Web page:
Robotic Project

dmigadmiga Posts: 6
edited 2005-02-08 - 22:45:29 in Robotics
Hello all,

To briefly explain what I am trying to do;
Use the Stamp and Board of Education to drive an RC car DC drive motor and steering servo. The project goal is to simply drive the vehicle (autonomously) straight 10', turn right 90 degrees, drive another 6', stop and launch three raquetballs towards some (bowling) pins.

I think it would be best if I did not drive the steering servo·directly from the BOE and keep·a separate supply for the servo,etc.·The DC drive motor is powered by the RC rechargeable battery pack (tested at 7.8V and 19.5A no load). We also decided to use a spring mechanism for each ball each having a "trigger" that would be controlled by the microcontroller. The people responsible for this part of the design thought that they would use a spring loaded plunger mechanism inside a tube that will launch the ball when ready. They intended the trigger that would release the plunger assembly to be a cotter pin that would be pulled out by a small electromagnet. I purchased a ULN2308A Darlington Array to take the signal out of the microcontroller and hoped to use it to control a relay that would activate the electromagnet that would pull the trigger.

We could not get the ULN2308A to work. We tried different power supplies for the chip and never got a current out of it when the input to the ULN from the Stamp I/O was high (we used four AA batteries and then tried a 9V). We tested the outputs of the ULN and thre was no (measureable) current. We were hoping to drive a relay with it. I heard that the ULN2308A safely isolates the microcontroller signal from possibly damaging current and EMF. Also, the small trigger electromagnets that were supposed to activated by the relays were not strong enough to pull the trigger pin. We never got the relay to work with the ULN2308A but tested the mall electomagnets directly with a supply.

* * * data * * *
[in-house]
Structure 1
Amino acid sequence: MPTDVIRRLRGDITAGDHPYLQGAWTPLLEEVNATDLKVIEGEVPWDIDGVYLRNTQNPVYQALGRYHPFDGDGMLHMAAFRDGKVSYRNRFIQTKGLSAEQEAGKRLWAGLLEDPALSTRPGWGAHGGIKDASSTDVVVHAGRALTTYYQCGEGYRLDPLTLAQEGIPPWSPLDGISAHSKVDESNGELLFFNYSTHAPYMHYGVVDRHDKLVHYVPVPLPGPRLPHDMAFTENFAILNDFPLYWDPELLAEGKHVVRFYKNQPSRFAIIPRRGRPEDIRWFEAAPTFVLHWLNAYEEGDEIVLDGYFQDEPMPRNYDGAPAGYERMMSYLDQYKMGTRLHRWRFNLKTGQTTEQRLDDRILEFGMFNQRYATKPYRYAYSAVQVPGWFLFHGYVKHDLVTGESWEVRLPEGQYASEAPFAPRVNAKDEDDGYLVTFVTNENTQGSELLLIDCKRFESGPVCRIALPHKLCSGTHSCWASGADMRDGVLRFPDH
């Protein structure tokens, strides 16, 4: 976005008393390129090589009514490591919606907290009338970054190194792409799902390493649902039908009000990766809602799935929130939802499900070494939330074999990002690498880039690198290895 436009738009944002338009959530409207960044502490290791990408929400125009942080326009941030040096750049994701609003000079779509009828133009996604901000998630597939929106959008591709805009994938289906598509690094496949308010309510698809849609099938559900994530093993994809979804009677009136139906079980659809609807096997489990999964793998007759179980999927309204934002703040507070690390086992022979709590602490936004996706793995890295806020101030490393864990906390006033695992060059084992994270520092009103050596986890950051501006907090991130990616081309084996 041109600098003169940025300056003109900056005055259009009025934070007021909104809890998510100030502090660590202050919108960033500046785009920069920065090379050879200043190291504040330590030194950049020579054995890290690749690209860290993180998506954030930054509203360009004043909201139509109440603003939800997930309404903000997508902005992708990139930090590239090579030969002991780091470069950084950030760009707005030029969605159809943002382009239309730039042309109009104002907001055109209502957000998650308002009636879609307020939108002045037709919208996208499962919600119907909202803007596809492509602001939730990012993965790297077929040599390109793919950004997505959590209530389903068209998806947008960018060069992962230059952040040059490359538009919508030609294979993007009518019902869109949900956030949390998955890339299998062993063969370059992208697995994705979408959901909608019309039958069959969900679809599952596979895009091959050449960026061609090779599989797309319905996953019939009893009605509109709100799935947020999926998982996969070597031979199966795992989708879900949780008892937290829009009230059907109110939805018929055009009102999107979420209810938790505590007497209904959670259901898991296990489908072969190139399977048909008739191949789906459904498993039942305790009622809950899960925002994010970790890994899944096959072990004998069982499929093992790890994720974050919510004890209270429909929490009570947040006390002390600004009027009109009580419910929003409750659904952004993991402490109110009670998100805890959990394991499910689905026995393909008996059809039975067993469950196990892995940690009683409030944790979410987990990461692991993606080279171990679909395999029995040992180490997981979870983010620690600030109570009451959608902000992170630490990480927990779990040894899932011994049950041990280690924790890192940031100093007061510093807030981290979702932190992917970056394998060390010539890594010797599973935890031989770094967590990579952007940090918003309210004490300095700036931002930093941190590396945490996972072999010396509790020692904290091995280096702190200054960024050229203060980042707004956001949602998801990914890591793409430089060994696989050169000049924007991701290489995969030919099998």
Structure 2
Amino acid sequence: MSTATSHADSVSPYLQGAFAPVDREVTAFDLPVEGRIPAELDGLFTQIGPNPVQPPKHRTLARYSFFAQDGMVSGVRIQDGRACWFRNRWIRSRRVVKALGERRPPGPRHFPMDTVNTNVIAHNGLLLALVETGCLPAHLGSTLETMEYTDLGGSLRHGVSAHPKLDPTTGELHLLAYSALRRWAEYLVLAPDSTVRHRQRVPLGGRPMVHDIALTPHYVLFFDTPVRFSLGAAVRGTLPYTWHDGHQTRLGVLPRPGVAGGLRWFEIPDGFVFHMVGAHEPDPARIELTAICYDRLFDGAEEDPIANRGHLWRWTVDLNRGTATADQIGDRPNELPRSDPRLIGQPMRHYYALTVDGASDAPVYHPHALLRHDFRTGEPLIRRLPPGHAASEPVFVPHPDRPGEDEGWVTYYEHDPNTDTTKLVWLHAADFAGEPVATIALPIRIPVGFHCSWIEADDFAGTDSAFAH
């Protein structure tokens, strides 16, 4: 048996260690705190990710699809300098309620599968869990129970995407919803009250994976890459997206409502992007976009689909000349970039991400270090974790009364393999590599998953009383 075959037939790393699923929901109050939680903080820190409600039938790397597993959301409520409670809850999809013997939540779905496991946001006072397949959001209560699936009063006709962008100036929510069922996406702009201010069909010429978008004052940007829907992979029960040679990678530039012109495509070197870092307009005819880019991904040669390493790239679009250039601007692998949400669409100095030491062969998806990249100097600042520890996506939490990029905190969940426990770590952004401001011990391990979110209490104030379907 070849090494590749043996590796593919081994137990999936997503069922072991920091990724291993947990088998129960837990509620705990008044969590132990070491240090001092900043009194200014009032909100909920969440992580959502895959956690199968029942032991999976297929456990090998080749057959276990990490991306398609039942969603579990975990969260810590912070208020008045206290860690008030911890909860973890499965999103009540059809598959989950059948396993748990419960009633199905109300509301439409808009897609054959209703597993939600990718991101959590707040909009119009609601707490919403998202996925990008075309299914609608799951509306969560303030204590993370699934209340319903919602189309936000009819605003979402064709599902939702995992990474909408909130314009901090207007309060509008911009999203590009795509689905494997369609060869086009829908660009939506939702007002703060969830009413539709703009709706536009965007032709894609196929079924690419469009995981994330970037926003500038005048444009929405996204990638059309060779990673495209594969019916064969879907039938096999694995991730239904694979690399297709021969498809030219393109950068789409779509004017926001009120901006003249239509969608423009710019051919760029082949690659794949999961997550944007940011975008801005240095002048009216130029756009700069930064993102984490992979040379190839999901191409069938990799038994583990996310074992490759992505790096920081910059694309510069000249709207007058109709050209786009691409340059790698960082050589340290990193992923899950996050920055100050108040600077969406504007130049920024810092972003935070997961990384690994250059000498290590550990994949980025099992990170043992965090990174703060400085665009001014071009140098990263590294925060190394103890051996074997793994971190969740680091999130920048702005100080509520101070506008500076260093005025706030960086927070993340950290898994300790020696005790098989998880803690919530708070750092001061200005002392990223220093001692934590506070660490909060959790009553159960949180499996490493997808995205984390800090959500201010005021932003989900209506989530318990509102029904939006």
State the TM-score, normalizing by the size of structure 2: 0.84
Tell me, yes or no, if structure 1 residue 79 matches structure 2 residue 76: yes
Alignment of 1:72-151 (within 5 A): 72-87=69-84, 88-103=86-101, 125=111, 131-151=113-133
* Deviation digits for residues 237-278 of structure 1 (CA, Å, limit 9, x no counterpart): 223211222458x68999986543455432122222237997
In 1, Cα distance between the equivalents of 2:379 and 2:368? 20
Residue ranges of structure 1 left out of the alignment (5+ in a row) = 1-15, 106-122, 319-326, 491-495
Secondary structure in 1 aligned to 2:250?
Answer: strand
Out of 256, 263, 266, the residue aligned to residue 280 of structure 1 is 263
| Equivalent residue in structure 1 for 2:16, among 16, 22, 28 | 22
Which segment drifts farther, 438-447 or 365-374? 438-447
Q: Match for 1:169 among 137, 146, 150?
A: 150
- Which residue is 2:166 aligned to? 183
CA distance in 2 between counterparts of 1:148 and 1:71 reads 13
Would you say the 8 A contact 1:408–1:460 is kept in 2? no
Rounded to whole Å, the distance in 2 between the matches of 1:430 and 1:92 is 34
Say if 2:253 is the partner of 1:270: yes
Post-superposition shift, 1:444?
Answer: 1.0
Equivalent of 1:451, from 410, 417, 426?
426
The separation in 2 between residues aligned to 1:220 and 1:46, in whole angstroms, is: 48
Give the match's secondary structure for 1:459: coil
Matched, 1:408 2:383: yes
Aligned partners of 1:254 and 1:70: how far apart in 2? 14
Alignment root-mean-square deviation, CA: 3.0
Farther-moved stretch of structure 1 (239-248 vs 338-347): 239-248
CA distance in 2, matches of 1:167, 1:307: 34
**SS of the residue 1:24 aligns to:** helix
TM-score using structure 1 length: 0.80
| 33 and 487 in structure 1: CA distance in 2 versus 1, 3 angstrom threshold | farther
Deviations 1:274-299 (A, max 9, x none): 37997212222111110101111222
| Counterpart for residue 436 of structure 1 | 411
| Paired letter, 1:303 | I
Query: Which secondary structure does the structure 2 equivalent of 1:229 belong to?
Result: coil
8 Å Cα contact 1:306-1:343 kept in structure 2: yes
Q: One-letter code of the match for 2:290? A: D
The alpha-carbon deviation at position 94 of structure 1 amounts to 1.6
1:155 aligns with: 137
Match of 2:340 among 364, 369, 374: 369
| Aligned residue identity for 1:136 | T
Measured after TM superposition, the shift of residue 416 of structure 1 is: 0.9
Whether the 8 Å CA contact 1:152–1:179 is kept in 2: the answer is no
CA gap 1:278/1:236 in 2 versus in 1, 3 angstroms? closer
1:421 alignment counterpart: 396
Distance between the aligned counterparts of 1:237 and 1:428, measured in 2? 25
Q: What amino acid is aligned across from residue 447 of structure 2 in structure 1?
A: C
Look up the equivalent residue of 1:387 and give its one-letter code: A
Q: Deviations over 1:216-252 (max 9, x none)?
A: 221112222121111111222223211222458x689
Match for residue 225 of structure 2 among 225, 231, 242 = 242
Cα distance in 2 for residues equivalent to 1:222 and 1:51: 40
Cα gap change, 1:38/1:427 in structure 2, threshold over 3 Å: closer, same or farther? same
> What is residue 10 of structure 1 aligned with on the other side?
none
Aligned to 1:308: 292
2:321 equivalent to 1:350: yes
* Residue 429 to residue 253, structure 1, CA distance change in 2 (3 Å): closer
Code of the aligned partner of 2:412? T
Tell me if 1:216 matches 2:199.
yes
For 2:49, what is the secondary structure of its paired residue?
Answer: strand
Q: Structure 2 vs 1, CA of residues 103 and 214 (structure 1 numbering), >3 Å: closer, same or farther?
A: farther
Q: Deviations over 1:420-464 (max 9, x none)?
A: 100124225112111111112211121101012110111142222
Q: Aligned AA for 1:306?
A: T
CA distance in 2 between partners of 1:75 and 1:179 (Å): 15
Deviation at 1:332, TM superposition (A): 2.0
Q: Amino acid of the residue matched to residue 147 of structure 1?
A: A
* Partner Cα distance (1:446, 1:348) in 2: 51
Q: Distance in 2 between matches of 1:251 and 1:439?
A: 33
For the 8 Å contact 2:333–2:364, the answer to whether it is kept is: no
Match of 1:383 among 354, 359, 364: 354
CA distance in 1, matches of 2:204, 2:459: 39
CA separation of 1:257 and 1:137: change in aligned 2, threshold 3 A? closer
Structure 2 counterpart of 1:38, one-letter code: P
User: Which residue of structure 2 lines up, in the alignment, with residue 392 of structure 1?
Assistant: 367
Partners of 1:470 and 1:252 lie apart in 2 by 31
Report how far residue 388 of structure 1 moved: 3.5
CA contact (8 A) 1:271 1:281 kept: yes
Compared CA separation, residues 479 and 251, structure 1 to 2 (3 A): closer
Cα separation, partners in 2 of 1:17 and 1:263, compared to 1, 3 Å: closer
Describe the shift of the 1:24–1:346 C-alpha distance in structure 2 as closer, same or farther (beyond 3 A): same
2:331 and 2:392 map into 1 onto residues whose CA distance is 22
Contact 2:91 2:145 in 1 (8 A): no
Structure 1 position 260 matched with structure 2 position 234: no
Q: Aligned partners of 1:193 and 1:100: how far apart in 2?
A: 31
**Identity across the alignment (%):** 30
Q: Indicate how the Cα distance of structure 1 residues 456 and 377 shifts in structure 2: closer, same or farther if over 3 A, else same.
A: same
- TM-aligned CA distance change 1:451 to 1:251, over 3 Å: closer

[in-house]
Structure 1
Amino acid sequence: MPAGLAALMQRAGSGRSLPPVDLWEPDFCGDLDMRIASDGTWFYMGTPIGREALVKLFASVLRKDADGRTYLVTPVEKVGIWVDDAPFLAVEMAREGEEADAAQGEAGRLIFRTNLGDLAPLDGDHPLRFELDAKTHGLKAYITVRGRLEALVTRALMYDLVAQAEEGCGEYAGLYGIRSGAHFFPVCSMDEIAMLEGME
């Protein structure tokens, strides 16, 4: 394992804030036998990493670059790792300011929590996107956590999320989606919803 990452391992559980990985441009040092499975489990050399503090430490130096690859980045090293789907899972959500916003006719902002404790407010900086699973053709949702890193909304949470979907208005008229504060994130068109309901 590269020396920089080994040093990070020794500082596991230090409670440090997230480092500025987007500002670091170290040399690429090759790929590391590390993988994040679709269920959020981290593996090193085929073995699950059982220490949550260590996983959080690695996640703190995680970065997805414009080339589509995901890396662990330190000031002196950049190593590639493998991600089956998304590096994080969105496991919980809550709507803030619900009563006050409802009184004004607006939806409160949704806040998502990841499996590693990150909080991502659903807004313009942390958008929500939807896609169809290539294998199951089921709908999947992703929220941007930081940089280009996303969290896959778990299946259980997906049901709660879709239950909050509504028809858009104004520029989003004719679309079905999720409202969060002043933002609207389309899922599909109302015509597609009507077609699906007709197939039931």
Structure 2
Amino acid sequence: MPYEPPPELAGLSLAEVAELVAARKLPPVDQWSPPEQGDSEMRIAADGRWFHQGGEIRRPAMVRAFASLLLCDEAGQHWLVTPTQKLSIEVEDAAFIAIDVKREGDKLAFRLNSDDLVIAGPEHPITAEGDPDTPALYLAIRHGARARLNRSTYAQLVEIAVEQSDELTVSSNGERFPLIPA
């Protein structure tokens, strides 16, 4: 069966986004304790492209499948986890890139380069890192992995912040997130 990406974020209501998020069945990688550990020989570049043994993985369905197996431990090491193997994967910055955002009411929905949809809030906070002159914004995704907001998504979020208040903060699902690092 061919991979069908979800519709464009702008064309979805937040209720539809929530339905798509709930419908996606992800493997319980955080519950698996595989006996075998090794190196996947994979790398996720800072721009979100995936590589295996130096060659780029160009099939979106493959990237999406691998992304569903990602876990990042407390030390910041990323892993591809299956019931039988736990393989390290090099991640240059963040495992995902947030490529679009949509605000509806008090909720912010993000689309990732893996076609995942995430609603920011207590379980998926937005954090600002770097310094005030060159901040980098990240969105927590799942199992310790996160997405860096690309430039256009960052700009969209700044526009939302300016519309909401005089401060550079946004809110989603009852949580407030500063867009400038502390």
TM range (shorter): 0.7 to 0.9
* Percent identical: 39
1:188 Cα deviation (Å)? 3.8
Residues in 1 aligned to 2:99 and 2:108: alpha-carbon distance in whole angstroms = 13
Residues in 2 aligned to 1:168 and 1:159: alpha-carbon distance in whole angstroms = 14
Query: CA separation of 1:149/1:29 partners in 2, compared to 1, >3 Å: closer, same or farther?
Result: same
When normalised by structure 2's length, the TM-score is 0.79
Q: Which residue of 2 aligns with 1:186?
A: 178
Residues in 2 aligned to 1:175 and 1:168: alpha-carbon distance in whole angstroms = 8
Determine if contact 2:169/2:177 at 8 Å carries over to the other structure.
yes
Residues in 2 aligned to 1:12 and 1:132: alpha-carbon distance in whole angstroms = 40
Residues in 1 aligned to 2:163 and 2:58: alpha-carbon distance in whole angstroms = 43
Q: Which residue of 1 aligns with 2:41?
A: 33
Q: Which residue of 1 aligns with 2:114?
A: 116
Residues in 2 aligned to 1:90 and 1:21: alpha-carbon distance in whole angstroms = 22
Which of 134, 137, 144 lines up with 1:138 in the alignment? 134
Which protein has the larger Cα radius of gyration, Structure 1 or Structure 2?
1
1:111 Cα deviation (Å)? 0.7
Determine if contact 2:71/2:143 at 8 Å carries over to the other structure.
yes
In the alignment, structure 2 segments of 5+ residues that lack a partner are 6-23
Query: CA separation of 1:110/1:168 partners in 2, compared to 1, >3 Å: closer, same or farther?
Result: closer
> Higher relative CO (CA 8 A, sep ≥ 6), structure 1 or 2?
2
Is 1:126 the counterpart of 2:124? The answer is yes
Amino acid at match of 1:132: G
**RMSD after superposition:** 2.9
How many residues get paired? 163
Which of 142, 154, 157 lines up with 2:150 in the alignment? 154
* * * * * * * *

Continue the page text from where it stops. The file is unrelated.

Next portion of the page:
I realize that this is not a robotics message board but you all seem to have a lot of well rounded experience using microcontroller for projects.

I need to power the microcontroller, a steering servo, drive motor (RC battery), ULN2308 chip, and some kind of trigger or ejection mechanism for the balls.·I would like to know the best way to power everything else so that the Stamp is used to accomplish this seemingly simple task. Is it possible to tap into the RC battery supply to power the servo, ULN chip, and trigger mechanisms? Should I try to power the servo again using a 9V battery (I do not believe there is enough amperage). I believe that I need to separate the microcontroller supply from the servo supply.

As if this post is not long enough (sorry all) ... if there are any suggestions from people for a mechanism that will either pull the trigger pin for the launch mechanism or a completely different approach, I would be grateful. I thought of replacing the spring/trigger mechanism with a plunger/electromagnet system similar to pinball machines. Or maybe some self-contained device that will allow you to compress its spring and apply a voltage to release it. I thought of using servos to pull the pins too but, no matter what is decided, there is still the power issues to address.

I am obviously not and electronics guru so please be gentle with your suggestions, if you have any.

~Dave

Comments

  • Jonathan AllisonJonathan Allison Posts: 96
    edited 2005-02-07 - 04:08:19
    dmiga

    Try using a solenoid for pulling the "trigger". They work from electromagnetism as well but have a higher torque rating.